The Supreme Court has ruled that because “a final judgment commands respect, ” it has “long and consistently affirmed that a collateral challenge may not do service for an appeal.”[6]Generally, a §2255 motion cannot be used to test the legality of matters which should have been raised on appeal.[7] If an issue is not raised on direct appeal, the defendant “is barred from raising the issue in a § 2255 proceeding, unless he establishes either cause excusing the procedural default and prejudice resulting from the error or a fundamental miscarriage of justice if the claim is not considered.”[8]

         Petitioner has failed to demonstrate cause, prejudice, or a fundamental miscarriage of justice. Petitioner argues that counsel's ineffectiveness in failing to raise this issue constitutes cause for his default. “[I]n order to satisfy the cause and prejudice standard, defendant must show not only that his counsel's representation fell below an objective standard of reasonableness, but also that there is a reasonable probability that but for the error, he would have prevailed.”[9] Petitioner has failed to make either showing. The Tenth Circuit has repeatedly rejected the argument that Congress lacked the power under the Commerce Clause to enact 18 U.S.C. § 922(g).[10] Thus, counsel was not ineffective in failing to raise a frivolous argument.[11]Even if counsel had made such an argument, that argument would not have prevailed as it is directly contrary to Tenth Circuit precedent. For substantially the same reasons, Petitioner has failed to show that failure to consider the claim would result in a fundamental miscarriage of justice. Therefore, Petitioner's claim must be dismissed.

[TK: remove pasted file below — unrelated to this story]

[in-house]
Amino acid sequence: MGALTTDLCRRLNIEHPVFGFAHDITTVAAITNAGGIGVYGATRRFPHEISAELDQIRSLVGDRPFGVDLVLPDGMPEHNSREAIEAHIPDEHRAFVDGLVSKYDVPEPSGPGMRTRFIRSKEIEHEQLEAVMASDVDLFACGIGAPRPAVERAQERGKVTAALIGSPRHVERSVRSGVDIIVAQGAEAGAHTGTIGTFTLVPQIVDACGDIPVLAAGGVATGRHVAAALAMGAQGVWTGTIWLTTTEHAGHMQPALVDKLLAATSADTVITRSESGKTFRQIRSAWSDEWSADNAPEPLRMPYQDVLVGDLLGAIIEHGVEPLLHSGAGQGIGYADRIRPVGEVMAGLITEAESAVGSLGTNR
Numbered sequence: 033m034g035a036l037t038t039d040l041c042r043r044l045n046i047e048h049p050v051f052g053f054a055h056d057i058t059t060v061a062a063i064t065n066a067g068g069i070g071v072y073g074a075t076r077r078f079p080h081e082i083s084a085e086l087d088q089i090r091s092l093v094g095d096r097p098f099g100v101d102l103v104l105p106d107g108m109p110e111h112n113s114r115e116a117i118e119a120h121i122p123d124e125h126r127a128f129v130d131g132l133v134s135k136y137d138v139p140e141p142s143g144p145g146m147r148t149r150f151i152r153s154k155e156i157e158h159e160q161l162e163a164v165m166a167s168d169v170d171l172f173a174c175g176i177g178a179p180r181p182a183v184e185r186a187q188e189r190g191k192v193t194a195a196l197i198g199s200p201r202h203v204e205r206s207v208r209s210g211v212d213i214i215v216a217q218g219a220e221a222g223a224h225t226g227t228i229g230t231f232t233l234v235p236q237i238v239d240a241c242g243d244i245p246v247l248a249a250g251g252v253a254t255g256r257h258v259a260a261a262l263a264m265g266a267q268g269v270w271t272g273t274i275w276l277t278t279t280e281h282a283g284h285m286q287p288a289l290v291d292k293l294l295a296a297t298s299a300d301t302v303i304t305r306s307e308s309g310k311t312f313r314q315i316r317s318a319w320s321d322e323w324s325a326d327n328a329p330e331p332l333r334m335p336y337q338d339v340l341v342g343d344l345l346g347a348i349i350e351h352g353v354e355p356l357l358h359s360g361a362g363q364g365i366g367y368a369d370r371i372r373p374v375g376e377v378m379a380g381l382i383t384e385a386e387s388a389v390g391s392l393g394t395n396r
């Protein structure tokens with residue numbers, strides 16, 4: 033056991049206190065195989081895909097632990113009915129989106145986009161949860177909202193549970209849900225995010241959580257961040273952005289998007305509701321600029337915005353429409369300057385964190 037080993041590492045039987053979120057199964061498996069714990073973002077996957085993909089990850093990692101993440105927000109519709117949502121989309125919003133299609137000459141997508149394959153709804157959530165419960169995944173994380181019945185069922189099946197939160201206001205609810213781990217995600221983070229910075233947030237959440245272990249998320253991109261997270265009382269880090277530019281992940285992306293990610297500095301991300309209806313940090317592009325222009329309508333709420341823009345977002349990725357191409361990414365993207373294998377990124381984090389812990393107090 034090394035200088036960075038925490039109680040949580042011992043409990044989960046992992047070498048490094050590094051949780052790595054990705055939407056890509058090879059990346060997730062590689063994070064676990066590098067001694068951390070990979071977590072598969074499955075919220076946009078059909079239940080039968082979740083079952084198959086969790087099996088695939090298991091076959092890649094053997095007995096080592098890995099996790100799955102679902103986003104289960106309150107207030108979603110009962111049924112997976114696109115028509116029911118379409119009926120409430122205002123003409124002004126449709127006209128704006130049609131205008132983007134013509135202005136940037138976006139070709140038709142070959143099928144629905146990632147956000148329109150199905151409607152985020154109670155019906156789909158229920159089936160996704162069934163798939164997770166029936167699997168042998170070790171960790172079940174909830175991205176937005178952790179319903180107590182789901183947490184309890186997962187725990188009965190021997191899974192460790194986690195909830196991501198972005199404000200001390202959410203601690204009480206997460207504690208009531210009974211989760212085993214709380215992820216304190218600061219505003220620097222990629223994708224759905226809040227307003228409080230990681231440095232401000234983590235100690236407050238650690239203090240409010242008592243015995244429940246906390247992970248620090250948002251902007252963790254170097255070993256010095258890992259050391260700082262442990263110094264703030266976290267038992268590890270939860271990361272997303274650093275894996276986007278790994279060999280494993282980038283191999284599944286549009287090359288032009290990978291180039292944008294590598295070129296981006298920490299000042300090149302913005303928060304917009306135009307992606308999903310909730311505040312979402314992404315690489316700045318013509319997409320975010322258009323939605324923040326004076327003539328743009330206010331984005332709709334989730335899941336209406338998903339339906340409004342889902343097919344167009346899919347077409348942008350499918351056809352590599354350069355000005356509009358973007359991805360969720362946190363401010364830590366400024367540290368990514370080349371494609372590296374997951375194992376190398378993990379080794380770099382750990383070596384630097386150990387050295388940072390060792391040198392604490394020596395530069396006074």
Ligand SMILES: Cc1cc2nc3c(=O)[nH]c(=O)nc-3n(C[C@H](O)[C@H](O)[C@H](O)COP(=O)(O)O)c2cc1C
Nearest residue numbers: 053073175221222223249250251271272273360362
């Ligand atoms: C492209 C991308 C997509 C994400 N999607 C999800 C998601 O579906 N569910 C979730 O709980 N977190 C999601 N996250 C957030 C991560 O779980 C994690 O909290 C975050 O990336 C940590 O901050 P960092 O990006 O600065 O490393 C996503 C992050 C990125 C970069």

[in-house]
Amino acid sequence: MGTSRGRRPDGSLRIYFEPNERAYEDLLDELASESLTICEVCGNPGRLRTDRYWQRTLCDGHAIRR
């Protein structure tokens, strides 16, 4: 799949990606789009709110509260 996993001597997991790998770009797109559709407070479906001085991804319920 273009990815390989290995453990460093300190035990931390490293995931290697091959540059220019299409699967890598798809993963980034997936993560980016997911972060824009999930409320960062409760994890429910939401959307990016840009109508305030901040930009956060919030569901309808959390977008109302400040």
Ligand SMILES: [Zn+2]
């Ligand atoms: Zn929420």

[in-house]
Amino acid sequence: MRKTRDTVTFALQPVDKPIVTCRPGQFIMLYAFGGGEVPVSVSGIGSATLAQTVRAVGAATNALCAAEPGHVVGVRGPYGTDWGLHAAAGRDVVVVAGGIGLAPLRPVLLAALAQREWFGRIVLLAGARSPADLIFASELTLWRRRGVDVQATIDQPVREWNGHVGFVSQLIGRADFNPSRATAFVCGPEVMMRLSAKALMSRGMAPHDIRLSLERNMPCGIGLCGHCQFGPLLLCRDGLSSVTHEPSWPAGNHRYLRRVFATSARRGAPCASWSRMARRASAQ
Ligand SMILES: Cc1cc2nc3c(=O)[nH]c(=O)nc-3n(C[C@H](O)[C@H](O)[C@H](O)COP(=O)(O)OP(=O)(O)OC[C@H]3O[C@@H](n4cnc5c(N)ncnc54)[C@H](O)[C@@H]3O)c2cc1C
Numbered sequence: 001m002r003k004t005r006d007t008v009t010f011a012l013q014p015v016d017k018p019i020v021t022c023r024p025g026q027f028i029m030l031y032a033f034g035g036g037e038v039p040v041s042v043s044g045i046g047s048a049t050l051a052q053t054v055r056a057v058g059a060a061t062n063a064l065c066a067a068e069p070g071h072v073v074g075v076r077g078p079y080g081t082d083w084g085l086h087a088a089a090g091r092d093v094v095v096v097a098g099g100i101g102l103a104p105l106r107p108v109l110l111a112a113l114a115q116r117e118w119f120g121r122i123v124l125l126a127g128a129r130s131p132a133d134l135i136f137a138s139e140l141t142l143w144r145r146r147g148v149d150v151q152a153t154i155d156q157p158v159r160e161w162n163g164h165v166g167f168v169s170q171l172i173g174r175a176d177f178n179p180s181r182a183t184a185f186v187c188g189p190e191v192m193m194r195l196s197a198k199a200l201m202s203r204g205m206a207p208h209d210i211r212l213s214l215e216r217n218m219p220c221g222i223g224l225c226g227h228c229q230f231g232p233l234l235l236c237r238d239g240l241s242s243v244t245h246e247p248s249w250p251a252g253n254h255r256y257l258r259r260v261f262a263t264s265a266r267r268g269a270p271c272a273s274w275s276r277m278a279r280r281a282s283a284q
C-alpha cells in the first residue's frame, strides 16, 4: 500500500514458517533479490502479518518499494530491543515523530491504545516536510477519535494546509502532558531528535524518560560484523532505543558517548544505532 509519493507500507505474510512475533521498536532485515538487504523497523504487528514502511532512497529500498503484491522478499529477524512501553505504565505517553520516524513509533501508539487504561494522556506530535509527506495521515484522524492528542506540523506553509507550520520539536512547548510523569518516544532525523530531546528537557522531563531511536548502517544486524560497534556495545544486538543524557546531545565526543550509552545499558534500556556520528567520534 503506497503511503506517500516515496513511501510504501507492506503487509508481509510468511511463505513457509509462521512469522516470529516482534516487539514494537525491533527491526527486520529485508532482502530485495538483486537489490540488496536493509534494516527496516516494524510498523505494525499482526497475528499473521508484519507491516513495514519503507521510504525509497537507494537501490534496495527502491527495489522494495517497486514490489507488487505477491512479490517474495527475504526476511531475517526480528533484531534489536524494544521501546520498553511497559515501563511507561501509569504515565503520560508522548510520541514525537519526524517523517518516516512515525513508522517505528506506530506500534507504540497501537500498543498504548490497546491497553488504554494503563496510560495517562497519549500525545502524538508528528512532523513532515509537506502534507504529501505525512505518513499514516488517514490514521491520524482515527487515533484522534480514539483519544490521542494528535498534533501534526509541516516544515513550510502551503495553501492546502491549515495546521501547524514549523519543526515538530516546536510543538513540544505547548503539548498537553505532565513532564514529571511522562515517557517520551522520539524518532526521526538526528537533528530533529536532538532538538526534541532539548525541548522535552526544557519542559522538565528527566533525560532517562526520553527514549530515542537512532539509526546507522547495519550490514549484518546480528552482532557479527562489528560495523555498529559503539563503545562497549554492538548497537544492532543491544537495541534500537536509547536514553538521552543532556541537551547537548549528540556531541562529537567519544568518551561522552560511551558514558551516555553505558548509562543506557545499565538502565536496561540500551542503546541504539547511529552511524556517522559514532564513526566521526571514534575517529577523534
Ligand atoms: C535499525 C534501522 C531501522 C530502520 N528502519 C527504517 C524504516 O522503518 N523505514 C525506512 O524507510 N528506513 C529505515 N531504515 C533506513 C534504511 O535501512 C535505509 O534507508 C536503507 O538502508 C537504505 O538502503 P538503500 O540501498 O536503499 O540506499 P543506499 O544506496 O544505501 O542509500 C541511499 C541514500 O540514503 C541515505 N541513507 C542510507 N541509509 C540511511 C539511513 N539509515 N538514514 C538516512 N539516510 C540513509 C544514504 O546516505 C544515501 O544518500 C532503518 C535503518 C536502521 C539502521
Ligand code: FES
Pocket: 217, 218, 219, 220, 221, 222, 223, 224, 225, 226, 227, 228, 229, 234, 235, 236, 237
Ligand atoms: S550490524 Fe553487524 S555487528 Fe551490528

Petitioner's Motion raises three claims for ineffective assistance of counsel. Petitioner argues that his counsel was ineffective for advising him to plead guilty, failing to timely object to a sentencing enhancement, and failing to obtain a plea agreement under Federal Rule of Criminal Procedure 11(c)(1)(C).

         The Supreme Court has set forth a two-pronged test to guide the Court in making a determination of ineffective assistance of counsel. “To determine ineffectiveness of counsel, [Petitioner] must generally show that counsel's performance fell below an objective standard of reasonableness, and that counsel's deficient performance was prejudicial.”[12] To establish prejudice, Petitioner “must show that there is a reasonable probability that, but for counsel's unprofessional errors, the result of the proceeding would have been different.”[13]

         A court is to review Petitioner's ineffective-assistance-of-counsel claim from the perspective of his counsel at the time he or she rendered the legal services, not in hindsight.[14] In addition, in evaluating counsel's performance, the focus is not on what is prudent or appropriate, but only what is constitutionally compelled.[15] Finally, there is “a strong presumption that counsel provided effective assistance, and a section 2255 defendant has the burden of proof to overcome that presumption.”[16]